05/02/2013 03:34 pm ET

Gorging on Apples

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The appetite of the fixed income investor is voracious. Apple was the course of the day with the largest issuance of corporate bonds in the history of our republic for $17 billion. The Silicon Valley behemoth served up a smorgasbord of floating and fixed rate debt with maturities ranging from 36 months to 30 years. While Apple is highly rated (AA+ by S&P), the deals' lead managers, Goldman Sachs and Deutsche Bank, found insatiable buyers willing to gobble up the debt at impressively low yields of 0.51 percent for the three year maturities and 3.883 percent for obligations due in 2043.

The Treasury bond market currently implies 2.33 percent inflation over the next ten years. Apple borrowed for ten years at 2.41 percent. This suggests that investors in Apple bonds are accepting a real return of 0.08 percent per year. And the owner of the Apple note will pay taxes on their receipts, unless the paper is held in a tax exempt account (such as an IRA).

Last week the country of Rwanda sold ten year "junk" bonds at a yield of 6.875 percent. The metric for judging just how attractive a bond looks can now be gauged by comparing the book ends of Apple on the quality side and, "Whoa, why would they have to pay more than Rwanda?" on the other. The tendency for individual investors to stretch for yield (by extending the term or reducing credit quality) can be exceedingly dangerous, and we advise resisting these temptations.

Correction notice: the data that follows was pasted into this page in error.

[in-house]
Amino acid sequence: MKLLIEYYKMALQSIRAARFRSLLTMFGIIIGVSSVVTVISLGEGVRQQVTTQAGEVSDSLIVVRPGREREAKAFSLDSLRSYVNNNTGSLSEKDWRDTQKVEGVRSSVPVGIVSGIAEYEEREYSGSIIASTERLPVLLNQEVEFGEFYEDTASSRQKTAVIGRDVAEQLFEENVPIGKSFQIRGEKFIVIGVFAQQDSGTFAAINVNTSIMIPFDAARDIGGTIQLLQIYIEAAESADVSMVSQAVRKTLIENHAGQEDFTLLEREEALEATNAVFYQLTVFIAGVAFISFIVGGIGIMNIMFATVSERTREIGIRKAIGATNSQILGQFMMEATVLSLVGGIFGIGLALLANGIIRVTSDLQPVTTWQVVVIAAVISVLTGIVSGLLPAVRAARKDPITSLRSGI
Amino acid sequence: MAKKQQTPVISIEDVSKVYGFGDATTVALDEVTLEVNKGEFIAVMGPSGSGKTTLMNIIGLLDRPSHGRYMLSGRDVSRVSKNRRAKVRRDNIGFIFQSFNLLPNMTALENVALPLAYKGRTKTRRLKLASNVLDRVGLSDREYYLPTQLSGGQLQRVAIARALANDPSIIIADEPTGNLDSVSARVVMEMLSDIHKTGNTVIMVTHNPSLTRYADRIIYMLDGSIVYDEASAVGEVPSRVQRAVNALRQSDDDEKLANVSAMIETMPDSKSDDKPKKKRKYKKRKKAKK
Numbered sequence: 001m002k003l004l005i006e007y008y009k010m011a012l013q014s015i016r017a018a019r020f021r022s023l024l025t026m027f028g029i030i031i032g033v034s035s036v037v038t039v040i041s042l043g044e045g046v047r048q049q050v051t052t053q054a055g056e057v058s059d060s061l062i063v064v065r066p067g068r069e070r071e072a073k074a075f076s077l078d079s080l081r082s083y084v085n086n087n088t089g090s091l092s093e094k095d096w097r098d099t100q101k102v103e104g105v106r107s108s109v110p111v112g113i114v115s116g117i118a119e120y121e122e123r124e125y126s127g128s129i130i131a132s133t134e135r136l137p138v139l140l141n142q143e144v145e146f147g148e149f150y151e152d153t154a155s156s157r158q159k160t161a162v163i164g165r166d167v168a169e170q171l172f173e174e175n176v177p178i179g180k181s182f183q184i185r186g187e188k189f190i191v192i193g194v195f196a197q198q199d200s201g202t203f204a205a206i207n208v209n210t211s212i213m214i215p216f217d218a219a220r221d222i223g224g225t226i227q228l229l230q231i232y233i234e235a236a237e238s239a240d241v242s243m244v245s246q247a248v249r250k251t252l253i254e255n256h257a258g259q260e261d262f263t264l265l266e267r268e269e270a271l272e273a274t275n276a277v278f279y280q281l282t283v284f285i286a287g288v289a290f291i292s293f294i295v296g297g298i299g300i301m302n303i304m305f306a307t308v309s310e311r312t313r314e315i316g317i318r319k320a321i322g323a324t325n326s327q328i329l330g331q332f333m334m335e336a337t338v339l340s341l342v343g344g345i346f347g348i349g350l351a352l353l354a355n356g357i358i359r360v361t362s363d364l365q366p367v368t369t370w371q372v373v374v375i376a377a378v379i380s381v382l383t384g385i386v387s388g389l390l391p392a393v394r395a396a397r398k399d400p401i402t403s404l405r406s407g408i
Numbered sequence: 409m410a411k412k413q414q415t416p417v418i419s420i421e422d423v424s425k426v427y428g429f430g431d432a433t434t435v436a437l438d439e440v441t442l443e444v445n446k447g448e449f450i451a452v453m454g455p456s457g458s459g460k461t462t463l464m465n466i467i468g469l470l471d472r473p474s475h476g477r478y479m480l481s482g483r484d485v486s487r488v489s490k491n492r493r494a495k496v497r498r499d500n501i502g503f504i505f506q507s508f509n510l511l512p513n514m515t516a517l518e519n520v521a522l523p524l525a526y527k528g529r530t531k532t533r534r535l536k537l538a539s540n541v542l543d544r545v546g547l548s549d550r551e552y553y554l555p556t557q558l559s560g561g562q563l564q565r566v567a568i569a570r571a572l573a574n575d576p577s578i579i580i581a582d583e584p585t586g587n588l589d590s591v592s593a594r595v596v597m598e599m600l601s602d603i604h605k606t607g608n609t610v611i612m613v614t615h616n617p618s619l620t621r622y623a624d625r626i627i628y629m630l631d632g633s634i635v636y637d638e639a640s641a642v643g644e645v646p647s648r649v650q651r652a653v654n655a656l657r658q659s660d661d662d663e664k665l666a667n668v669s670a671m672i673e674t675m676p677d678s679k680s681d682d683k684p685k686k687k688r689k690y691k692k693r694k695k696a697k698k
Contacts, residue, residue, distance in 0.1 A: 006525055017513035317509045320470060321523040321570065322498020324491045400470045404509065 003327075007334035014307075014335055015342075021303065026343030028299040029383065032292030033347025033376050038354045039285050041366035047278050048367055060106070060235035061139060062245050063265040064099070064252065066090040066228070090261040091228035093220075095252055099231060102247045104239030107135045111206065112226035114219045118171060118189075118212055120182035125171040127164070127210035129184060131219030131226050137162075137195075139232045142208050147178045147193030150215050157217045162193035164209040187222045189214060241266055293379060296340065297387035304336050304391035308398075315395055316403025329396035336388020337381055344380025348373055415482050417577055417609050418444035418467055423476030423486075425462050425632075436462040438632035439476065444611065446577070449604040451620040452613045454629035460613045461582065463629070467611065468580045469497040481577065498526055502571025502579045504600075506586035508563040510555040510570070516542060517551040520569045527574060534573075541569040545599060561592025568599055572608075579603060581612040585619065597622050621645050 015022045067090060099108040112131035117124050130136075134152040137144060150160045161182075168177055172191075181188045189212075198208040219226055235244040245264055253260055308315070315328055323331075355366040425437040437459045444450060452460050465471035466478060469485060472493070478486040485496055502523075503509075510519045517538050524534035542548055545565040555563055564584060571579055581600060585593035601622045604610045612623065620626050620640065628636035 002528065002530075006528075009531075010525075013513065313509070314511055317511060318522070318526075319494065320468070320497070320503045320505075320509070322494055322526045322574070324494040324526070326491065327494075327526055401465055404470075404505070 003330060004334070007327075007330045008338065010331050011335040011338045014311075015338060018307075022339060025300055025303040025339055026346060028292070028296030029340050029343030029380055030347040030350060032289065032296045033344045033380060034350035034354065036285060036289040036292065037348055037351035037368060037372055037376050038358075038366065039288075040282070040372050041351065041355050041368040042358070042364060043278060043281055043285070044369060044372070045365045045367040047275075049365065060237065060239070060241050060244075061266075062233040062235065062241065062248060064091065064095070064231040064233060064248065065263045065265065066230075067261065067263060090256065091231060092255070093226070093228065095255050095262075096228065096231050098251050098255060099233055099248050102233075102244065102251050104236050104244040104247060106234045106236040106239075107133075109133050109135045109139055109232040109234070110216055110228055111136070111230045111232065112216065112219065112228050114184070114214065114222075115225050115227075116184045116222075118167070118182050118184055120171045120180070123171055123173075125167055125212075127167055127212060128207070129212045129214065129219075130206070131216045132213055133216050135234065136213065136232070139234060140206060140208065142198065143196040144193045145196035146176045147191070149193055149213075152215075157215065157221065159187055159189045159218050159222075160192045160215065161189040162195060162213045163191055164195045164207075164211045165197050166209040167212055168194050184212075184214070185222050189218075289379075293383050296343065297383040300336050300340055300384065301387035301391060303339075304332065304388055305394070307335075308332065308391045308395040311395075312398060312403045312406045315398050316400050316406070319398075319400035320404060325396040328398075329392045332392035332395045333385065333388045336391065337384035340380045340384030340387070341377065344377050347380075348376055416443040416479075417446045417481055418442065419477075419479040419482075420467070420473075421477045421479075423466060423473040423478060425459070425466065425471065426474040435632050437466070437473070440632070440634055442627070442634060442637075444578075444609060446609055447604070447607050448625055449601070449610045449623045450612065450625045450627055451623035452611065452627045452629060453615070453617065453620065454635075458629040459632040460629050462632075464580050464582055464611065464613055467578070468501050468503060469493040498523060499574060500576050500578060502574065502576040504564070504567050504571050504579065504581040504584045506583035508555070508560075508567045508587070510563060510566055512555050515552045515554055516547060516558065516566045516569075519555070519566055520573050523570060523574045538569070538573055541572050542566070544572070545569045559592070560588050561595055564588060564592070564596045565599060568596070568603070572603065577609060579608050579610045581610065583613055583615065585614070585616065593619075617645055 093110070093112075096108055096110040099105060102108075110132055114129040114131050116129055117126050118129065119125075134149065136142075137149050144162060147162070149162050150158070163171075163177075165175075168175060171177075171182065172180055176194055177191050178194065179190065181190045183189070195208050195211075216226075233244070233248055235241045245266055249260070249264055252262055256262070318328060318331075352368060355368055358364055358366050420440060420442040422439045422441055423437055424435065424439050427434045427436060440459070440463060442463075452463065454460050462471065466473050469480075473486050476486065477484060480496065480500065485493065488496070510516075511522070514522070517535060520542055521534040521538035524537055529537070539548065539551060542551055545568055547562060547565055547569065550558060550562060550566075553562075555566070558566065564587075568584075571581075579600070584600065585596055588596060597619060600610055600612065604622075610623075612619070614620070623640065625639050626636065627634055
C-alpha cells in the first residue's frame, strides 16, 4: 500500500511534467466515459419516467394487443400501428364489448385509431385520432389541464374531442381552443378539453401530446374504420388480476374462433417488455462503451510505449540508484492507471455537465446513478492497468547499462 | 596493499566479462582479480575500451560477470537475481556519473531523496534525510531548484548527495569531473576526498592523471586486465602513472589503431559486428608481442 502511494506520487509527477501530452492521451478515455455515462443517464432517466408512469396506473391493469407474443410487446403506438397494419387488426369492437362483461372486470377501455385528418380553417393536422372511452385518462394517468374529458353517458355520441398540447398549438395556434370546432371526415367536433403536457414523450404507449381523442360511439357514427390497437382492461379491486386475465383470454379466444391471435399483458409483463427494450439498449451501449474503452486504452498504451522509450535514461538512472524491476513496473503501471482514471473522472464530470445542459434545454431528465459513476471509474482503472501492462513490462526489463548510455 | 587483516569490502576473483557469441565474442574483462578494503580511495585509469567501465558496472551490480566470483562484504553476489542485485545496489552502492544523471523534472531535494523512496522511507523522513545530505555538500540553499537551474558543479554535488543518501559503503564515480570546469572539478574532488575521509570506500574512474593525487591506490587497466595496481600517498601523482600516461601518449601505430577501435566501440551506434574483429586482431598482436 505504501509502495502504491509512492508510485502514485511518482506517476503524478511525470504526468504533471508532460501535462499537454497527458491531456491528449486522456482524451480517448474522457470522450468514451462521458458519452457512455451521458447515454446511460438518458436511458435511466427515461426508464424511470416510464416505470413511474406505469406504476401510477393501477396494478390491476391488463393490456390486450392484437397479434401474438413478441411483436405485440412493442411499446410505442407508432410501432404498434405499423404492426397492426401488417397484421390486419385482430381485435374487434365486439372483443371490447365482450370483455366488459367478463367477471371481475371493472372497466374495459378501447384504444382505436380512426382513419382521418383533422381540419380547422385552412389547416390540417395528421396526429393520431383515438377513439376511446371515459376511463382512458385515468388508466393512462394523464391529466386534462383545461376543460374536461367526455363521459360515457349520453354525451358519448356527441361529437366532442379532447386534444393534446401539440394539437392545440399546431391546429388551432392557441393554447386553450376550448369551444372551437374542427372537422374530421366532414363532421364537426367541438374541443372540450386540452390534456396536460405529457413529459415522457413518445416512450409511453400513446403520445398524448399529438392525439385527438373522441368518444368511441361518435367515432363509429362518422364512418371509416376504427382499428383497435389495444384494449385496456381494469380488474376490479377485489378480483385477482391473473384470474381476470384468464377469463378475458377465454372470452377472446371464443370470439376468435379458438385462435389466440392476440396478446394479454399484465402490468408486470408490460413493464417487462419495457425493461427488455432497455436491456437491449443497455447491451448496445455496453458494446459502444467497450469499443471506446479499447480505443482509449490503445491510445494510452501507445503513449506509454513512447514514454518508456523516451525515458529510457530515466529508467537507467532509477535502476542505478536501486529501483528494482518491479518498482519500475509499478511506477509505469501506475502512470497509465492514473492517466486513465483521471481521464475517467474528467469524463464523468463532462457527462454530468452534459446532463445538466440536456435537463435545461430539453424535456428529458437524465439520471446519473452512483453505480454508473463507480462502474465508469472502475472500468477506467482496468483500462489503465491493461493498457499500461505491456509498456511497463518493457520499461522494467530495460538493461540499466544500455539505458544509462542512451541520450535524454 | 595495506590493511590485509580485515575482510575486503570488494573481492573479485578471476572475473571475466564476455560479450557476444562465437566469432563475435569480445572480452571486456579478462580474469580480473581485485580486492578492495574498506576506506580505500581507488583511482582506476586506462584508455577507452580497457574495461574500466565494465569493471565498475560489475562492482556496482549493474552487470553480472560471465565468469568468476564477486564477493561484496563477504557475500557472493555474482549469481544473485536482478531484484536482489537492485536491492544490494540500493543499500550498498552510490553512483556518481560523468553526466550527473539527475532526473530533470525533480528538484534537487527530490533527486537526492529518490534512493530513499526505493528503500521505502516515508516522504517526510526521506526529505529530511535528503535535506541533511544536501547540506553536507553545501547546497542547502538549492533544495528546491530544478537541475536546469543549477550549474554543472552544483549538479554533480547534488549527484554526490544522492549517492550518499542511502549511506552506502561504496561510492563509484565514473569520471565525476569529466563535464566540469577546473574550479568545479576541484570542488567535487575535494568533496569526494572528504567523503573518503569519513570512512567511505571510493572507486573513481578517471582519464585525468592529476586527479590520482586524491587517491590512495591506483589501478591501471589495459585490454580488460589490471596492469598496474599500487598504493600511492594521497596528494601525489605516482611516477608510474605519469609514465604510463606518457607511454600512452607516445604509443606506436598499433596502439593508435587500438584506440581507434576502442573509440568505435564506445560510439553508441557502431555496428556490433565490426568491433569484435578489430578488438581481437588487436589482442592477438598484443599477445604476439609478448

Generally speaking, to defensively maximize returns in the current low yield environment, keep the average maturities of portfolios short (inside of 5 years) with an emphasis on credit quality. The vast majority of our own purchases are of amounts under $100,000, known as "odd-lots." The reduced demand for smaller blocks results in attractive yields, at least on a relative basis. An additional way in which we seek to add value for fixed income accounts is through the purchase of bonds that are currently callable. We purposefully seek out bonds coming due within a limited time horizon and subject to calls that we believe will not be exercised -- the end result is a security that has a short time to maturity, combined with an attractive yield.

The adage "pigs get fat, and hogs get slaughtered" seems more than appropriate here. When it comes to building a fixed income portfolio, diligence and persistence find their just rewards. Keeping duration short will allow us to benefit from the opportunities that will present themselves in the near future. And we're optimistic about the future.